And if you really want to improve the lives of Native Americans, it’s those Indian reservations that have to go. Why? Because they interfere with property rights. Few residents actually have them, which lead to a whole host of problems, including the inability to improve their land or use it to make money. This leads to dilapidation and horrible conditions. This is just one of the problems, but allowing reservation residents to actually own the land they live on as individuals would do some serious good.
7. Do you think capitalism is exploitative?
Yes, and thank God for that. Exploiting the market leads to innovation, improvement, and expansion. This results in more jobs, which lift people out of poverty. If people are willing to work for a lower wage to make a product, then they should be allowed to work that wage and improve their own lives little by little.
Capitalism isn’t perfect, but it’s the best system the world has ever seen for lifting poor people out of poverty and improving the quality of life for everyone and everything it touches.
8. Can any human be illegal?
Yes. If they aren’t here legally, they’re illegal. If they are here illegally they should work to change that status if they want to be legal.
The reason they’re illegal is oftentimes that their non-integration into the American system while simultaneously benefiting off it creates a whole host of problems. None of it has to do with hatred of race, and everything to do with economics and safety.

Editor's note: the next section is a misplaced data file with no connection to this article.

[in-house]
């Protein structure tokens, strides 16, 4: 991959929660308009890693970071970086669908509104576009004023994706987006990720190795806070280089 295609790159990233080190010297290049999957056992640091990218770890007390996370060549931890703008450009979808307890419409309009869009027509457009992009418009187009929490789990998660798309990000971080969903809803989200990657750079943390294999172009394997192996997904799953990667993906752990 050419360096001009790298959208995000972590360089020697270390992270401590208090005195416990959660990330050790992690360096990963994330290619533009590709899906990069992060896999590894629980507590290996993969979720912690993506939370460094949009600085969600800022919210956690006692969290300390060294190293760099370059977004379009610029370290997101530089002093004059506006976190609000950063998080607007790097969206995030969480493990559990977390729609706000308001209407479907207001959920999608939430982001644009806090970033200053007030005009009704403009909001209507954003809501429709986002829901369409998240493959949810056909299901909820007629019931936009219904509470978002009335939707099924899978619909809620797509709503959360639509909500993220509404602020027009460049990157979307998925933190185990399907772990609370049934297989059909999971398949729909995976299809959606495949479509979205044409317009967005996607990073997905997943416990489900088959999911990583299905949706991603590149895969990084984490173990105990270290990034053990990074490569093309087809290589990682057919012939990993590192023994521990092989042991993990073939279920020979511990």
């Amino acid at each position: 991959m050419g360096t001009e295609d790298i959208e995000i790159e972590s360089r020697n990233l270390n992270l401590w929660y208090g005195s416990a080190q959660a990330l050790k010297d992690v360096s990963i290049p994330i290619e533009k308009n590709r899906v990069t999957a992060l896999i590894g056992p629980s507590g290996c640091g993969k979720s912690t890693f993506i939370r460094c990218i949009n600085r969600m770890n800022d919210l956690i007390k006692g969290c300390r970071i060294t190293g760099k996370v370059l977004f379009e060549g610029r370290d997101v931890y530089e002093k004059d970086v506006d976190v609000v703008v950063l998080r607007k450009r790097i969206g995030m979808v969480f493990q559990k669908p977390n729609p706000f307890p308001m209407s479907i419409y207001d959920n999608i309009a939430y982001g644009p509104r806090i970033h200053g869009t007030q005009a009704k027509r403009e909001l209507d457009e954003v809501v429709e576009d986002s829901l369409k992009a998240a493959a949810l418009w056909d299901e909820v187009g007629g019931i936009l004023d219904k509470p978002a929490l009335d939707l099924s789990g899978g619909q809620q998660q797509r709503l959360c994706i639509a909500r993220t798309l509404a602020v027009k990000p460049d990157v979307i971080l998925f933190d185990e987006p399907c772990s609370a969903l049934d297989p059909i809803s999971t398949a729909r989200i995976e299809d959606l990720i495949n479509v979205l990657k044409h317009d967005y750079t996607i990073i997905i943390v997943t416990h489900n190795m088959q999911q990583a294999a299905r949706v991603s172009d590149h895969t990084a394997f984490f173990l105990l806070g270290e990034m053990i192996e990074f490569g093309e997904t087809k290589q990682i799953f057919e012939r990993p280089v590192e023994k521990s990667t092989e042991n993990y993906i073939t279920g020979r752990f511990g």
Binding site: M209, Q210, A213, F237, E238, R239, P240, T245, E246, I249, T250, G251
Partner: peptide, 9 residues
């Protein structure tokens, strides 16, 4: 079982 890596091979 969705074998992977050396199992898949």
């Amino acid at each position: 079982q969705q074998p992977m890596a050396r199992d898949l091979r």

9. Do you support Muslim Americans and non-Muslim people from Islamic countries?
In the regard that they’re here legally, peacefully, and usefully? Absolutely. However if that means open borders to anyone who wants to come here from Islamic countries, then let’s slow it down. I only need to look at Europe’s crime problem to see that importing from Islamic countries willy-nilly is a bad idea.
For instance, sex crimes by migrants in Germany doubled in 2016, and you’ll find similar stories in many countries that allowed open migration from the Middle East. Every place that has done that has suffered serious crime and sexual assault problems.
10. Does your allyship include disabled folks?
Firstly, I’m not an ally of any social group. Someone doesn’t get my loyalty and service simply because they’re disabled, or a woman, or black, so on and so forth. I operate on an individual basis, meaning if you’re a good person, you can rely on me to help you if I can spare the time or resources.
Secondly, I’m going to have to have you clarify what “disabled” means. I’m sure people in wheelchairs, the blind, deaf, and mentally challenged are included in this, but heading to Tumblr, I can see the social justice crowd likes to throw all sorts of additional maladies into the category.
I’ve seen people say they identify as having multiple personality disorder but just reading their blog, I can tell they far from suffer from that. They treat it like a fun game. I’ve seen folk say their transgenderism is a disability too. I’ve seen people who claim their being female is a disability.
Clean up your definitions, and I’ll see if I’m willing to help.